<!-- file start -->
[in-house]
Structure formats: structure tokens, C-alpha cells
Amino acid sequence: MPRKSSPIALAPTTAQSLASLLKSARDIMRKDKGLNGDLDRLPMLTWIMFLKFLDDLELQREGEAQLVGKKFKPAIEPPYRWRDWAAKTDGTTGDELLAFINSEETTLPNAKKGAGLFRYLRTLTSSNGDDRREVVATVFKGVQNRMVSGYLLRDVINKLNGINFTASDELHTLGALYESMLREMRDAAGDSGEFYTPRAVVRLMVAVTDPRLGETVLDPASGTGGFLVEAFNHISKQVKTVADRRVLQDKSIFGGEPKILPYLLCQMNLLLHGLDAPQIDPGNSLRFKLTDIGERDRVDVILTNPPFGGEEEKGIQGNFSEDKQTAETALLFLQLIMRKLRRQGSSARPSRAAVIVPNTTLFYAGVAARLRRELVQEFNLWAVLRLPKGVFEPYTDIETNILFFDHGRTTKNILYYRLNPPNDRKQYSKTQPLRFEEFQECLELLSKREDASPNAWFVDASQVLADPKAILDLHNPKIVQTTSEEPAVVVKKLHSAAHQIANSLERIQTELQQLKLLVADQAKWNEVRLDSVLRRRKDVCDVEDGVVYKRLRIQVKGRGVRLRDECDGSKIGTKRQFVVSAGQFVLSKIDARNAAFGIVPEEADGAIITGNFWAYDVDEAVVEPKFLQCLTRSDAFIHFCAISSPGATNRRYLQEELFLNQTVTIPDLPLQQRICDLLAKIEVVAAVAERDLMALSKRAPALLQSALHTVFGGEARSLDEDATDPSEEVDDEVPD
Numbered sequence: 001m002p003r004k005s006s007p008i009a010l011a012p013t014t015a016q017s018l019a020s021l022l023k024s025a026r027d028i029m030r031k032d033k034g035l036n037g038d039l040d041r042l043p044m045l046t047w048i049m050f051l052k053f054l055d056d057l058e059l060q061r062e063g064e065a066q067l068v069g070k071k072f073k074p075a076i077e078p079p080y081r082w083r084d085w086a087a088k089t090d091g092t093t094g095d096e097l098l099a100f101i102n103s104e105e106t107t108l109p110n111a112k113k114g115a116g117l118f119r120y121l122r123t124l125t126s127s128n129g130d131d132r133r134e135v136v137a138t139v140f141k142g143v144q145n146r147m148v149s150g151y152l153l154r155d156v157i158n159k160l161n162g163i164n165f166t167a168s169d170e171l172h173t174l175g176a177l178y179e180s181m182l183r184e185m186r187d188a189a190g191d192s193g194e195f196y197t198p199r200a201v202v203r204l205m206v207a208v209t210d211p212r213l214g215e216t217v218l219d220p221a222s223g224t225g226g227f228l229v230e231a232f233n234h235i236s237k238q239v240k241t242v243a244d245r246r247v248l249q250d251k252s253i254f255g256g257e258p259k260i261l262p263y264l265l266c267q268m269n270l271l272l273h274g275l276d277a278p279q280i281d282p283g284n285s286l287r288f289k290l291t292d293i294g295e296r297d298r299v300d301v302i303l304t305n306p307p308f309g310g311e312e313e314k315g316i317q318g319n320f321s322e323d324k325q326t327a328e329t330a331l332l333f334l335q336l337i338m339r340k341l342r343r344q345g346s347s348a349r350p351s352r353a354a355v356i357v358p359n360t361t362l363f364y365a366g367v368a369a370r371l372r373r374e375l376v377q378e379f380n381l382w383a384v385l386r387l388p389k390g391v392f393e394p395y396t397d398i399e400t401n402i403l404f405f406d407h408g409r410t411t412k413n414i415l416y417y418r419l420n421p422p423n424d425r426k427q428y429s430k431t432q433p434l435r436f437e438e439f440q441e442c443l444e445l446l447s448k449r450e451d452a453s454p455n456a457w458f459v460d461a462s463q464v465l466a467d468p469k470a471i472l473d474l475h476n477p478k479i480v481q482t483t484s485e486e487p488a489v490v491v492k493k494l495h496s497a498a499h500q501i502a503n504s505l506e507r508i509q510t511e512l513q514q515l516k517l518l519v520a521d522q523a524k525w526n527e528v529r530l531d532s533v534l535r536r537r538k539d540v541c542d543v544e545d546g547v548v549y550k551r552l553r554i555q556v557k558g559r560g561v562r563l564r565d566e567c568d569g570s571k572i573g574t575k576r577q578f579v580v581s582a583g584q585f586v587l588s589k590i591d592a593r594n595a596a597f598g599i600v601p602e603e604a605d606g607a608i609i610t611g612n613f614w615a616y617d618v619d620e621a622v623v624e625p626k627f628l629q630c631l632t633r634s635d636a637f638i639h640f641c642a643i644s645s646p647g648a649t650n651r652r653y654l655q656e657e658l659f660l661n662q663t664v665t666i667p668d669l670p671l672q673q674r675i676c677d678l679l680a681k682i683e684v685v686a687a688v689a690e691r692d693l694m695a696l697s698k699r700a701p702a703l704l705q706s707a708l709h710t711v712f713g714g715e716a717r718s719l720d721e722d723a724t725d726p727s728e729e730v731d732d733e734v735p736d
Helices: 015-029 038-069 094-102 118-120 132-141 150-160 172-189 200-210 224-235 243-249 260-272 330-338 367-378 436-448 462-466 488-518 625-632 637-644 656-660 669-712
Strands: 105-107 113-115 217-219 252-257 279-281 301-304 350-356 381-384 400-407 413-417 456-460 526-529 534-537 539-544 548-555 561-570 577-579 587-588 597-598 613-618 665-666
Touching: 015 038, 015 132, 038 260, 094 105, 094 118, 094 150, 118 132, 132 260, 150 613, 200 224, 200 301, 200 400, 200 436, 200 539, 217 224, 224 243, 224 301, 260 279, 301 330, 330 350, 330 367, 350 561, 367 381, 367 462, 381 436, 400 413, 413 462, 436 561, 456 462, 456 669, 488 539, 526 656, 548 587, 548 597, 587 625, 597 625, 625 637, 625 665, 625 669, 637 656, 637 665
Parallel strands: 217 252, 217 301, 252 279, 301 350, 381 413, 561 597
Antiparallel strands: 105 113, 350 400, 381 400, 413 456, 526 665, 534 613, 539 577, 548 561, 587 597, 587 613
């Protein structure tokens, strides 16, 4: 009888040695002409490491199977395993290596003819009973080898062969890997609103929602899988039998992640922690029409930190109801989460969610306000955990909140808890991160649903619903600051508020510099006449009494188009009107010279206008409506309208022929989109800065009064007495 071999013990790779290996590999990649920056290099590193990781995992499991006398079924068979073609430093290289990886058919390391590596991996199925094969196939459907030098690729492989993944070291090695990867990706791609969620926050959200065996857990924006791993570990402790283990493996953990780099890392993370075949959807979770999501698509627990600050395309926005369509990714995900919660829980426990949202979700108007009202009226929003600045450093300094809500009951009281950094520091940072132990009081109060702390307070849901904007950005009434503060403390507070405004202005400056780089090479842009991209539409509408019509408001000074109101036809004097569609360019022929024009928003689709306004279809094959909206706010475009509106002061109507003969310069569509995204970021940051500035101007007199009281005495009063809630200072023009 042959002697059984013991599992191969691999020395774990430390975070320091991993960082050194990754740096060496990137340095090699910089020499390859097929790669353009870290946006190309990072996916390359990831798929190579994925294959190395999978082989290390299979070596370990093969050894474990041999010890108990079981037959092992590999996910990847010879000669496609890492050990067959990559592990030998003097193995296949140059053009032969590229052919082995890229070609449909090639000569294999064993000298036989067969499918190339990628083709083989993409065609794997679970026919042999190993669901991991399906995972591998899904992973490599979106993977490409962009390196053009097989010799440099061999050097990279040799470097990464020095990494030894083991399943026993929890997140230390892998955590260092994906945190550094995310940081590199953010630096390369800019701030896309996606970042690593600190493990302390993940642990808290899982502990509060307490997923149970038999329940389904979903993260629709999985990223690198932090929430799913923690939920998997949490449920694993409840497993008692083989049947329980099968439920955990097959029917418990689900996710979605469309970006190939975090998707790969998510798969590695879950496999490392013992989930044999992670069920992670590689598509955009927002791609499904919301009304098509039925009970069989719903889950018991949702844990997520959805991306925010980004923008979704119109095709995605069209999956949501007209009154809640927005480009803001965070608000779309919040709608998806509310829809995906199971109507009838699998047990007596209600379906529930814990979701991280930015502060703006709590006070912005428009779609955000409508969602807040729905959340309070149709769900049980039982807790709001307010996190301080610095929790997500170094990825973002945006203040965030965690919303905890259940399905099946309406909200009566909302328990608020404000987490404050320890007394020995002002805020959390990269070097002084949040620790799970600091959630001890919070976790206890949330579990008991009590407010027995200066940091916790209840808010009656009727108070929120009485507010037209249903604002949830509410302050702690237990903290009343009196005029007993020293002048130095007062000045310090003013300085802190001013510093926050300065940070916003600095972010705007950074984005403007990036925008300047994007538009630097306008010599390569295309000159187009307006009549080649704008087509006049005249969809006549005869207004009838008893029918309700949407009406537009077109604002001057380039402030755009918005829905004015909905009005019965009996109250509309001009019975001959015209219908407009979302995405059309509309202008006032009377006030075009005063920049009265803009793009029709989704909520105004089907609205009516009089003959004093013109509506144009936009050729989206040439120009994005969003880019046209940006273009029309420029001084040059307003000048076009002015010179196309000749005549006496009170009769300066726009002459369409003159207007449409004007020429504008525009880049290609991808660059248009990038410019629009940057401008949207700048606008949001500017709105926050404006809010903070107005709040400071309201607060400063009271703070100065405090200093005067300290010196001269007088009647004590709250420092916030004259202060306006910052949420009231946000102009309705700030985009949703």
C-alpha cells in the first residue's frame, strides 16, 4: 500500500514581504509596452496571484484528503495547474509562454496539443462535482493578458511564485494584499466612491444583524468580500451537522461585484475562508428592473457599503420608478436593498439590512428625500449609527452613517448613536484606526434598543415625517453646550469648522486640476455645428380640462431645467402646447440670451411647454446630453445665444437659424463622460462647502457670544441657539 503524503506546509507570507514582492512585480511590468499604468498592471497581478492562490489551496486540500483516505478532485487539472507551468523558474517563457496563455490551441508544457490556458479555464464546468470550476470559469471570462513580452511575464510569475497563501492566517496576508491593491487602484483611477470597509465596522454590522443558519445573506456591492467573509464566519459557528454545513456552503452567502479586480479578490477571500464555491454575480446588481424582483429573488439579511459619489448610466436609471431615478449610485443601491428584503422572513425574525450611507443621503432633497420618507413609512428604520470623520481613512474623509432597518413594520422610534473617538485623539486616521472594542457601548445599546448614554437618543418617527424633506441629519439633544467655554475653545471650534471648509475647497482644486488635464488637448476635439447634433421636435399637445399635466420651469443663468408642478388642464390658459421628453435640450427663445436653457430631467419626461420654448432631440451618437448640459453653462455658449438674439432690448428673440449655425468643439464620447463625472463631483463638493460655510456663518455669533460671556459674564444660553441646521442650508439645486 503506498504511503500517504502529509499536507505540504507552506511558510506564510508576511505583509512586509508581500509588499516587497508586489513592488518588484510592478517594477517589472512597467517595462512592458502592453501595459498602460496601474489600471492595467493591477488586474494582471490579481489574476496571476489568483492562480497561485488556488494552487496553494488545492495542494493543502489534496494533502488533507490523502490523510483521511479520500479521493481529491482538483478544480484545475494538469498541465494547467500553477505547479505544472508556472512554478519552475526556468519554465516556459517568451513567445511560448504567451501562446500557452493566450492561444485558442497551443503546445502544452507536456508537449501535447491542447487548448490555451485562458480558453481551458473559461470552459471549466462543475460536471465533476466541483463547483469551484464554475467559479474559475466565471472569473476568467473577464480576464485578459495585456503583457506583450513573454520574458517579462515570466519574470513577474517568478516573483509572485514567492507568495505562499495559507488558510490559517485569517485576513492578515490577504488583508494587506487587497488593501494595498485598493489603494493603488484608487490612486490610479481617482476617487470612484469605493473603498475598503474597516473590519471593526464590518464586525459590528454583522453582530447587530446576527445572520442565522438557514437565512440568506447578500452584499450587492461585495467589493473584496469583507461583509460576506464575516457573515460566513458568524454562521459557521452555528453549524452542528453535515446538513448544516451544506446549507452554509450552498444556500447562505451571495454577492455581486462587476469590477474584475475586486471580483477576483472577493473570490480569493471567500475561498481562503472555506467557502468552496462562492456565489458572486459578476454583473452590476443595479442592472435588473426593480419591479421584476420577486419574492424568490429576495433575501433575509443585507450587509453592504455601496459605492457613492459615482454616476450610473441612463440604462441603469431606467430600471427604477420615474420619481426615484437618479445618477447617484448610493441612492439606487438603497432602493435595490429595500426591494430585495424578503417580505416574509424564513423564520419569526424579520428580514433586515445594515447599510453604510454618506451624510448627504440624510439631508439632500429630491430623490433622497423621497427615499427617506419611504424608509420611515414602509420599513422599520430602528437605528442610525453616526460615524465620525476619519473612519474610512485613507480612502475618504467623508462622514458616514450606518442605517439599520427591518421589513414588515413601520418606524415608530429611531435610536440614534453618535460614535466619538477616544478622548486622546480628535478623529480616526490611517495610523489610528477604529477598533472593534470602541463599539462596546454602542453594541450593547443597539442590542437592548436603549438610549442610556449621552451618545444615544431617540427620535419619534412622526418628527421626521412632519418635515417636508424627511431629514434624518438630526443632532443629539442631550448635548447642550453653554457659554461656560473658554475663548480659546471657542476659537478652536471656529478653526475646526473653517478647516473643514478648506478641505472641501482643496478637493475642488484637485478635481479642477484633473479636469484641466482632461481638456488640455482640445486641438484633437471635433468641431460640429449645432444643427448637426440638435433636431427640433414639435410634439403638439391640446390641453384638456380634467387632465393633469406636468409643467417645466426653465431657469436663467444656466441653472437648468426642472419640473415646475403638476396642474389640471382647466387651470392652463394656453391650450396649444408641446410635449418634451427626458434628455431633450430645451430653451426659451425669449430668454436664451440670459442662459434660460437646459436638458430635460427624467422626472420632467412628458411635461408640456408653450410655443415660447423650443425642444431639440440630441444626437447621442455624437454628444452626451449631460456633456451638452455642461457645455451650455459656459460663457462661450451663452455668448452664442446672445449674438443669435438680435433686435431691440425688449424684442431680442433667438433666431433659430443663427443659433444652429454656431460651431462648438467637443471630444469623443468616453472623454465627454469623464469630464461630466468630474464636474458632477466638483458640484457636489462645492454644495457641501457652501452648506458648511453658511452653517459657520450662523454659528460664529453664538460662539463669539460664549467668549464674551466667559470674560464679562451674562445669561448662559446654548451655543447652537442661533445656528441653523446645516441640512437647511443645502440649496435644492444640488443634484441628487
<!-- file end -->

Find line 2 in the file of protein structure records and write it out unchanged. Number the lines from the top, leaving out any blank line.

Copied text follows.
Structure formats: structure tokens, C-alpha cells